Name: Cacopsylla pyricola

Alias: The Pear psylla (The P is silent) is one of the few pests that exist on pear crops on this side of Idaho. The adult form resembles a small fly with bright red eyes that is approximately a tenth of an inch long. In summer months their wings are clear, but in the winter their wings get darker. The first round of eggs are laid throughout the blooming season, and they can have up to three generations a year. The nymphs also have bright red eyes similar to the adults, but the body shape resembles that of a rounded aphid.

Crimes: Psyllas are a phloem feeder, which means they tap into the sugar pipeline of the plant and absorb the sugary flow. Honeydew flows out their back end and can cause a symptom called “fruit russet,” which is a browning of fruit and leaves. It can also transfer diseases from tree to tree. Large populations can cause something called “psylla shock,” which can cause fruit and leaf drop, stunted growth and even kill the tree.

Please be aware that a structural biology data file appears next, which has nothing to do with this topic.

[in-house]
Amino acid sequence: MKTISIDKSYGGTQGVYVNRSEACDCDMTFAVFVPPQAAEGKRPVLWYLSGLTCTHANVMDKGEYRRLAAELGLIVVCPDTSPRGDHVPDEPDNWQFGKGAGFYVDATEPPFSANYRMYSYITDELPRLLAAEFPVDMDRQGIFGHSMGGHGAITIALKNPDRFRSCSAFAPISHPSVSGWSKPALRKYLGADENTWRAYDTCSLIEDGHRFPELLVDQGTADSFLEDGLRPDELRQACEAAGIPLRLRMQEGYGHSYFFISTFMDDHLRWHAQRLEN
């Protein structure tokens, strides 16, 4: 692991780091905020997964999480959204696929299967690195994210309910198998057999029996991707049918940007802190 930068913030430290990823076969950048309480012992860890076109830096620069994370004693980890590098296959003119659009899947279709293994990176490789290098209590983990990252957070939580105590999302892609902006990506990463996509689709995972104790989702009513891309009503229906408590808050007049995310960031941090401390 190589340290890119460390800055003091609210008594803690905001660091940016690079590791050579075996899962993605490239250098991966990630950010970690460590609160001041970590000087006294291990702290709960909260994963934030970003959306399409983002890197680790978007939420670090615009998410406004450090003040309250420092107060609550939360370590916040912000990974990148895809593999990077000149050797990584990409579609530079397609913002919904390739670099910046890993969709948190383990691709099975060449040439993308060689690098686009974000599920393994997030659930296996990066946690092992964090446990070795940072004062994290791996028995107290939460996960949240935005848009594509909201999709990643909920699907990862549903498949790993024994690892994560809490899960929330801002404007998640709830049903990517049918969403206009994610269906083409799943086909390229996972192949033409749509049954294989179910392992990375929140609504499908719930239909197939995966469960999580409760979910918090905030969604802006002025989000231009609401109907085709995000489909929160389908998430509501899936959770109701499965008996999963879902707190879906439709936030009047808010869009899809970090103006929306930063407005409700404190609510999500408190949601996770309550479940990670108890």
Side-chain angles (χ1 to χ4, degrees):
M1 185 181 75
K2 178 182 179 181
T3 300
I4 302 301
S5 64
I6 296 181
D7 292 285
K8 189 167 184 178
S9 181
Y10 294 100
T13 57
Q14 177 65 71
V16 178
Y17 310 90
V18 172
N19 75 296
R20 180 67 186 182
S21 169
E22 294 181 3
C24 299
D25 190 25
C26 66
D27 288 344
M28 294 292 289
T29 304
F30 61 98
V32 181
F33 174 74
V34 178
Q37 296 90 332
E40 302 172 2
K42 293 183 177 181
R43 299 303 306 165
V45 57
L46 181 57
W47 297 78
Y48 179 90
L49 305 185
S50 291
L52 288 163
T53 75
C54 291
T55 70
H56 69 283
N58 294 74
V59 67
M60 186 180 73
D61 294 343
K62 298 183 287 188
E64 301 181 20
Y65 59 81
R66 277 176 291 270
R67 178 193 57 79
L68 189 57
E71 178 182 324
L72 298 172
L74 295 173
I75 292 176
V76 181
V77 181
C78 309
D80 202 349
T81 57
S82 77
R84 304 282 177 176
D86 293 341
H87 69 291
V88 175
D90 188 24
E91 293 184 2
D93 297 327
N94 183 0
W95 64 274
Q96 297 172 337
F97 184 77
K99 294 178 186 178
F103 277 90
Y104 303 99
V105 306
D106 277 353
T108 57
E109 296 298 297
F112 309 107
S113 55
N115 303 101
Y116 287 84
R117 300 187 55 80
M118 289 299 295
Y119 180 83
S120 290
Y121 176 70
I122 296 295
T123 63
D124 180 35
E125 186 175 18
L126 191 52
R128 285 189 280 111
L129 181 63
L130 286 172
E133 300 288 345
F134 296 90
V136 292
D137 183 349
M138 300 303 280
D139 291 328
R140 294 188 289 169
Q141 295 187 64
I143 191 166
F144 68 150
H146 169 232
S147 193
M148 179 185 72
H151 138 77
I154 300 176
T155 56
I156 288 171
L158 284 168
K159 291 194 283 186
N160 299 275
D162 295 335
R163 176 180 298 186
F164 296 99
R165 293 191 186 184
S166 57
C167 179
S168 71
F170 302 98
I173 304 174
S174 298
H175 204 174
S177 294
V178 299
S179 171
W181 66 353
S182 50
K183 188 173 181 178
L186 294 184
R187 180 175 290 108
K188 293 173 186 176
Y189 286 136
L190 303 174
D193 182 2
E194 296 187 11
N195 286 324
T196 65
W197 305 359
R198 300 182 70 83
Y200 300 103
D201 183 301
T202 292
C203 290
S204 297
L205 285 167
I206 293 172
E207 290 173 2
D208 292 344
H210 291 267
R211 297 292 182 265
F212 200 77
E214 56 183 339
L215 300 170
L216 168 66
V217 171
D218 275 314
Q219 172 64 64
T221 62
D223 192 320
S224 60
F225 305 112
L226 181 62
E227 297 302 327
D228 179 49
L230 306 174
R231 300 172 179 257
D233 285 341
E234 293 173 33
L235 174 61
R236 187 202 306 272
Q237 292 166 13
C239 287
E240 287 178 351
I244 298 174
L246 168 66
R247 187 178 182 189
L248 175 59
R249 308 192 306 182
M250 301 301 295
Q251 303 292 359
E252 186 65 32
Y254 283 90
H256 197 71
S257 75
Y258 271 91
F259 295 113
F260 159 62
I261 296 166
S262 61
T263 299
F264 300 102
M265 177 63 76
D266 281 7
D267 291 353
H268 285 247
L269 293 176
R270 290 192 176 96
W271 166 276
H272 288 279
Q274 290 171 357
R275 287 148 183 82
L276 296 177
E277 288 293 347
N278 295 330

Redeeming qualities: None

Sentence: Because most of the damage is done by the time that it is noticed, it is best to monitor early and often for psylla to prevent damage. Dormant oil applied before bloom can be effective in keeping them at bay. Best management practices also help suppress populations. Avoid over watering, excess nitrogen, or too much moisture in the canopy of the tree.

For more information on dangerous and beneficial bugs, call UI Extension educator Joseph Sagers at 208-745-6685 or email jsagers@uidaho.edu.